Rule 13 is patterned after the federal MDL process, which seeks to “eliminate duplicative discovery, avoid inconsistent pretrial rulings, and conserve the resources of the parties, their counsel, and the judiciary.” In re State Farm Lloyds Hurricane Ike Litigation, 392 S.W.3d 353 (Tex.Jud.Pan.Mult.Lit. 2012), quoting In re Vioxx Prods. Liab. Litig., 360 F.Supp.2d 1352, 1354 (J.P.M.L.2005) “Rule 13 rests on the premise that a legal system should not give different answers to a question, or allow repetitive discovery, or subject witnesses or lawyers to conflicting demands, simply because the cases are pending before different judges in different parts of the state.” In re Digitek Litig., 387 S.W.3d 115, 117 (Tex. M.D.L. Panel 2009).

Factors in Pretrial Case Transfer

In deciding whether transfer to a pretrial court will further the general MDL goals of convenience, efficiency, and justice, the proper inquiry is whether transfer would: (1) eliminate duplicative and repetitive discovery, (2) minimize conflicting demands on witnesses, (3) prevent inconsistent decisions on common issues, and (4) reduce unnecessary travel. Id. at 116–17. A fifth objective of the MDL process is to allocate finite judicial resources intelligently by minimizing the occasions when different judges decide the same or similar issues again and again. See In re State Farm Lloyds Hurricane Ike Litigation, 392 S.W.3d at 356.

For example, in 2012, the Texas MDL panel transferred to a single MDL pretrial court more than 260 insurance lawsuits pending in sixteen Texas counties that were all arising from damage caused by Hurricane Ike in 2008. See See In re State Farm Lloyds Hurricane Ike Litigation, 392 S.W.3d at 353. The panel found that the cases were are related because they arose from one event and the plaintiffs sought “common discovery on the ground that State Farm has a ‘general business practice; of adjusting claims in a way that is unfairly designed to tilt the process in its favor and against the policyholder.” Id.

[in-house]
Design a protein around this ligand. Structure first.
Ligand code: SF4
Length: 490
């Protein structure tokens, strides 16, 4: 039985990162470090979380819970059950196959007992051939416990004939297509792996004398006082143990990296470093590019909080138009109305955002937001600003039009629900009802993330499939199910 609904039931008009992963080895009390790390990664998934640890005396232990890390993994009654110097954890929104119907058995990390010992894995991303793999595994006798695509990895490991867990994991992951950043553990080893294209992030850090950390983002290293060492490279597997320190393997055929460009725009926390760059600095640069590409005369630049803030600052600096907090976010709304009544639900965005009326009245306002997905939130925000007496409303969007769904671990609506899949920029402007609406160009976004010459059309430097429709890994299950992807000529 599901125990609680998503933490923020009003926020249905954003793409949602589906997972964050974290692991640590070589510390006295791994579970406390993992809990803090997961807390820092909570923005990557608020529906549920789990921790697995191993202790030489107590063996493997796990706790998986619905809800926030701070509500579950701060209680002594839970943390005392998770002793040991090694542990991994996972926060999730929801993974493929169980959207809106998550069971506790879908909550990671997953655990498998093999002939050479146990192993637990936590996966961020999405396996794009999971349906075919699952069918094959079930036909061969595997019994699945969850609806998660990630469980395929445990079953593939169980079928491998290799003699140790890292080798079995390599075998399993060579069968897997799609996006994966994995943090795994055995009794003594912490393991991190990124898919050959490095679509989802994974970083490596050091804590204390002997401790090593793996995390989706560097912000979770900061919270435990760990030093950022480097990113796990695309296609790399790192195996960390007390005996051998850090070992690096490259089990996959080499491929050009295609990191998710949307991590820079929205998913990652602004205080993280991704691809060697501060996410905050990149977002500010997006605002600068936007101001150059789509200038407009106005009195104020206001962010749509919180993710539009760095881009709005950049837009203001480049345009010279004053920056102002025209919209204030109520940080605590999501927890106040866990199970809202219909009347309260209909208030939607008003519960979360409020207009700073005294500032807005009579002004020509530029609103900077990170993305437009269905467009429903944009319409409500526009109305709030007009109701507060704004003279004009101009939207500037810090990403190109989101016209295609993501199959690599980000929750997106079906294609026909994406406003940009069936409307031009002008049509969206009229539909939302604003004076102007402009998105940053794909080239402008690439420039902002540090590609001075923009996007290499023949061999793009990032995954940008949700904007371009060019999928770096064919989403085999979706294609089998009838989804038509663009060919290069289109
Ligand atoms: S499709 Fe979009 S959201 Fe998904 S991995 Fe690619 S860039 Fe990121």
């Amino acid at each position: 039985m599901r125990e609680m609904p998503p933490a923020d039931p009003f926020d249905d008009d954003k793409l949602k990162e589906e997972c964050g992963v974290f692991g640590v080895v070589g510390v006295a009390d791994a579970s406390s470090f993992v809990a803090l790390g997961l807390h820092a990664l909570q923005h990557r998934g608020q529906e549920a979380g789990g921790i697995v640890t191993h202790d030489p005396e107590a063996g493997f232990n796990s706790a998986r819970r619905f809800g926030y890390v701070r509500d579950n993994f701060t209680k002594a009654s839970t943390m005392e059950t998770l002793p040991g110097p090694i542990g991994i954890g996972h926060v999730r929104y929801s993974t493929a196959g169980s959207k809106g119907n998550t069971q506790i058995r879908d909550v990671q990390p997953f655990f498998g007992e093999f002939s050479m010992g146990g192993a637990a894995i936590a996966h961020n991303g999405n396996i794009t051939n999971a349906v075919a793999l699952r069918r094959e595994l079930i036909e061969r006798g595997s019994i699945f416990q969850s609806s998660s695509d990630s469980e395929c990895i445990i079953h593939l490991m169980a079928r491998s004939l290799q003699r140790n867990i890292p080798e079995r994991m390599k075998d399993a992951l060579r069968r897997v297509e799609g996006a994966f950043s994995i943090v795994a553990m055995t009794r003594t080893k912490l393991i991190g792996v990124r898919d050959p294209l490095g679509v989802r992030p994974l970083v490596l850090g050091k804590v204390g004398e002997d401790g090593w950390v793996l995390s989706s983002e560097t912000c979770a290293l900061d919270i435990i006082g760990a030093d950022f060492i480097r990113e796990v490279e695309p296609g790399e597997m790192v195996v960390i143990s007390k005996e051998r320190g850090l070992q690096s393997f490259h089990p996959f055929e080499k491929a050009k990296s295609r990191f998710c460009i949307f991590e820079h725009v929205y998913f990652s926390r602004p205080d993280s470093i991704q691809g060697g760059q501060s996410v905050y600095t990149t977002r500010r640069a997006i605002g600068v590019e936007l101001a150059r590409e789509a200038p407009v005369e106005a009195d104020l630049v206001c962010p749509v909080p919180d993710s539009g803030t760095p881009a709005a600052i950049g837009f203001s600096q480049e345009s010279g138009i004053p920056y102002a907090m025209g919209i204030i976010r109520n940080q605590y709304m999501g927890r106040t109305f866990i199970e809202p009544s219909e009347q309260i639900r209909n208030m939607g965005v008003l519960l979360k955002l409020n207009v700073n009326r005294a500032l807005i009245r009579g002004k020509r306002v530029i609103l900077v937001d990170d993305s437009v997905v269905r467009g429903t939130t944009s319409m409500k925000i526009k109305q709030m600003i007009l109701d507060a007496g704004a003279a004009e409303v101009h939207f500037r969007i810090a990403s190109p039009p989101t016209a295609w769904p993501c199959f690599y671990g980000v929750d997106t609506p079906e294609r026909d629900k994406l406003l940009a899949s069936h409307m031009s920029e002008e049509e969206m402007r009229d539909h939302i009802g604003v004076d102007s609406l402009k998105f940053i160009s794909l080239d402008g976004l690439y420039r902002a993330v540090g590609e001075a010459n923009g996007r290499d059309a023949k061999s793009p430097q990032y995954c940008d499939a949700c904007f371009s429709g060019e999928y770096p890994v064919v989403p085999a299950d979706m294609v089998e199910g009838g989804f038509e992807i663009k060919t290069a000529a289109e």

As another example, an MDL was created for lawsuits arising out the December 20,2008, Continental Airlines Flight 1404 incident. In route from Denver to Houston, the aircraft caught fire, and the 114 passengers and crew members on board were evacuated. There were no fatalities, but 37 passengers and crew members were transported to a hospital. When the cases came before the MDL panel, thirteen plaintiffs had filed suit against Continental in six different district courts in Harris County. The defendants sought transfer and consolidation of the lawsuits. The panel determined an MDL was appropriate given that that the liability issues raised by the lawsuits would involve testimony from the same fact witnesses and common expert witnesses, such as the flight crew, air traffic controllers, emergency and rescue crew members, weather observers, National Transportation Safety Board employees, and Denver airport personnel. See In re Continental Airlines Flight 1404, 387 S.W.3d 925 (Tex. M.D.L. Panel 2009).

MDL and complex litigation at Heygood, Orr & Pearson

Heygood, Orr & Pearson are very comfortable and experienced with the complex and challenging world of multidistrict litigation. As one example, Michael Heygood and other lawyers at Heygood, Orr & Pearson were designated “Lead Plaintiffs’ Counsel” last year by the federal court that presided over numerous wrongful death lawsuits regarding the Watson fentanyl patch that were consolidated for pretrial purposes in MDL No. 2372 — In re: Watson Fentanyl Patch Products Liability Litigation, before the United States District Court for the Northern District of Illinois.

To be successful in complex litigation such as MDL proceedings, clients need educated, experienced attorneys like those at Heygood, Orr & Pearson. We have the experience and knowledge to guide our clients through class action litigation from beginning to end. And we have the financial resources to help them stand toe-to-toe with some of the biggest corporations in the world through what is often a lengthy, complicated and expensive process.

Contact Heygood, Orr & Pearson for your free case evaluation and to learn more about your legal right to compensation. You can reach us by calling toll-free at 1-877-446-9001, or by filling out the free contact form located on this page.